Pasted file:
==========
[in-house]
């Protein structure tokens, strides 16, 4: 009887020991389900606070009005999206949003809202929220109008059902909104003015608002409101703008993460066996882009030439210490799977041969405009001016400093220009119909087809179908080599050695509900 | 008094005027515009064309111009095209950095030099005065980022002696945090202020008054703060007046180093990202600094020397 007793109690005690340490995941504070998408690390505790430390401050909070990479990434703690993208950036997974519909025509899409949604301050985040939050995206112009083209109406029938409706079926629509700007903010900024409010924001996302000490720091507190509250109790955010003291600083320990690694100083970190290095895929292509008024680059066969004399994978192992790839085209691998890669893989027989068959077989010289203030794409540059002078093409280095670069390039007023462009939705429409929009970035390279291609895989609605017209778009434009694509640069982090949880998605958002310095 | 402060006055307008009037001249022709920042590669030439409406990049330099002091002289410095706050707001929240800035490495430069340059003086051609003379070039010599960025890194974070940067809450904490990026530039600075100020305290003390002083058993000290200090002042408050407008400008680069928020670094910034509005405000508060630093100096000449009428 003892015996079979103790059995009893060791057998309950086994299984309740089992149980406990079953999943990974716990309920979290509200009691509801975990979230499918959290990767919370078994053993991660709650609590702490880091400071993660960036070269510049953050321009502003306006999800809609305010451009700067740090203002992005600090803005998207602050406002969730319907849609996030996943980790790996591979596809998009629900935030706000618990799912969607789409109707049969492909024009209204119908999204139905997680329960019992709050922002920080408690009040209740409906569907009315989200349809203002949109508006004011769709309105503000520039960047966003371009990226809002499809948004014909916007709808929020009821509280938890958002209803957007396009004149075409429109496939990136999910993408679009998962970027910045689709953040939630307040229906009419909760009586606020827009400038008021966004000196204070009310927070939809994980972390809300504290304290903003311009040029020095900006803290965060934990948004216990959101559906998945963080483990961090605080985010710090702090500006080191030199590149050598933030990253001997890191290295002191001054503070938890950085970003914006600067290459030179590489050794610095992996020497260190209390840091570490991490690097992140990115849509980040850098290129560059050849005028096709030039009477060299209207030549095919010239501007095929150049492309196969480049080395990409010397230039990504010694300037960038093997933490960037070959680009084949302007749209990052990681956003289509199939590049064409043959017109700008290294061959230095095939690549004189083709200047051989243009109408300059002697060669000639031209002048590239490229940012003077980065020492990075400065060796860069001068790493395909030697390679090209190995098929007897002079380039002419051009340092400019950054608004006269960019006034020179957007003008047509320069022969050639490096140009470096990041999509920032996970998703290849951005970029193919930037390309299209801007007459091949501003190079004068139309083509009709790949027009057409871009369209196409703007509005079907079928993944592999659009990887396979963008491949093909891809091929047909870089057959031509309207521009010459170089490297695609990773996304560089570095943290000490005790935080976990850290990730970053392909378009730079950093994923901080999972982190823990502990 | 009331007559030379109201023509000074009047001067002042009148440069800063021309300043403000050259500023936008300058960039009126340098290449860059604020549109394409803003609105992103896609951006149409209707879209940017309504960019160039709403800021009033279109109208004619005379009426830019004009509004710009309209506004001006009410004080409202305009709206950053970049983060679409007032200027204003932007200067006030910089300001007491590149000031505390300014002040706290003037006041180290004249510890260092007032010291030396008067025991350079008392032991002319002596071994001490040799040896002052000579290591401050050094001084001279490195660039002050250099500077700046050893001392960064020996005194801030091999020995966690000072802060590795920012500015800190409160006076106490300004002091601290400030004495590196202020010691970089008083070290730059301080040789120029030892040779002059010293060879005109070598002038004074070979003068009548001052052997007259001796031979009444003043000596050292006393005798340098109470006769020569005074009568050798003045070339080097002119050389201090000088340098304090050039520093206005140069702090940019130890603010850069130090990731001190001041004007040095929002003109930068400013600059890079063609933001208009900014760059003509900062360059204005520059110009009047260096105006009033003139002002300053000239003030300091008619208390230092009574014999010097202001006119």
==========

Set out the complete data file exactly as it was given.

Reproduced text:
[in-house]
């Protein structure tokens, strides 16, 4: 009887020991389900606070009005999206949003809202929220109008059902909104003015608002409101703008993460066996882009030439210490799977041969405009001016400093220009119909087809179908080599050695509900 | 008094005027515009064309111009095209950095030099005065980022002696945090202020008054703060007046180093990202600094020397 007793109690005690340490995941504070998408690390505790430390401050909070990479990434703690993208950036997974519909025509899409949604301050985040939050995206112009083209109406029938409706079926629509700007903010900024409010924001996302000490720091507190509250109790955010003291600083320990690694100083970190290095895929292509008024680059066969004399994978192992790839085209691998890669893989027989068959077989010289203030794409540059002078093409280095670069390039007023462009939705429409929009970035390279291609895989609605017209778009434009694509640069982090949880998605958002310095 | 402060006055307008009037001249022709920042590669030439409406990049330099002091002289410095706050707001929240800035490495430069340059003086051609003379070039010599960025890194974070940067809450904490990026530039600075100020305290003390002083058993000290200090002042408050407008400008680069928020670094910034509005405000508060630093100096000449009428 003892015996079979103790059995009893060791057998309950086994299984309740089992149980406990079953999943990974716990309920979290509200009691509801975990979230499918959290990767919370078994053993991660709650609590702490880091400071993660960036070269510049953050321009502003306006999800809609305010451009700067740090203002992005600090803005998207602050406002969730319907849609996030996943980790790996591979596809998009629900935030706000618990799912969607789409109707049969492909024009209204119908999204139905997680329960019992709050922002920080408690009040209740409906569907009315989200349809203002949109508006004011769709309105503000520039960047966003371009990226809002499809948004014909916007709808929020009821509280938890958002209803957007396009004149075409429109496939990136999910993408679009998962970027910045689709953040939630307040229906009419909760009586606020827009400038008021966004000196204070009310927070939809994980972390809300504290304290903003311009040029020095900006803290965060934990948004216990959101559906998945963080483990961090605080985010710090702090500006080191030199590149050598933030990253001997890191290295002191001054503070938890950085970003914006600067290459030179590489050794610095992996020497260190209390840091570490991490690097992140990115849509980040850098290129560059050849005028096709030039009477060299209207030549095919010239501007095929150049492309196969480049080395990409010397230039990504010694300037960038093997933490960037070959680009084949302007749209990052990681956003289509199939590049064409043959017109700008290294061959230095095939690549004189083709200047051989243009109408300059002697060669000639031209002048590239490229940012003077980065020492990075400065060796860069001068790493395909030697390679090209190995098929007897002079380039002419051009340092400019950054608004006269960019006034020179957007003008047509320069022969050639490096140009470096990041999509920032996970998703290849951005970029193919930037390309299209801007007459091949501003190079004068139309083509009709790949027009057409871009369209196409703007509005079907079928993944592999659009990887396979963008491949093909891809091929047909870089057959031509309207521009010459170089490297695609990773996304560089570095943290000490005790935080976990850290990730970053392909378009730079950093994923901080999972982190823990502990 | 009331007559030379109201023509000074009047001067002042009148440069800063021309300043403000050259500023936008300058960039009126340098290449860059604020549109394409803003609105992103896609951006149409209707879209940017309504960019160039709403800021009033279109109208004619005379009426830019004009509004710009309209506004001006009410004080409202305009709206950053970049983060679409007032200027204003932007200067006030910089300001007491590149000031505390300014002040706290003037006041180290004249510890260092007032010291030396008067025991350079008392032991002319002596071994001490040799040896002052000579290591401050050094001084001279490195660039002050250099500077700046050893001392960064020996005194801030091999020995966690000072802060590795920012500015800190409160006076106490300004002091601290400030004495590196202020010691970089008083070290730059301080040789120029030892040779002059010293060879005109070598002038004074070979003068009548001052052997007259001796031979009444003043000596050292006393005798340098109470006769020569005074009568050798003045070339080097002119050389201090000088340098304090050039520093206005140069702090940019130890603010850069130090990731001190001041004007040095929002003109930068400013600059890079063609933001208009900014760059003509900062360059204005520059110009009047260096105006009033003139002002300053000239003030300091008619208390230092009574014999010097202001006119």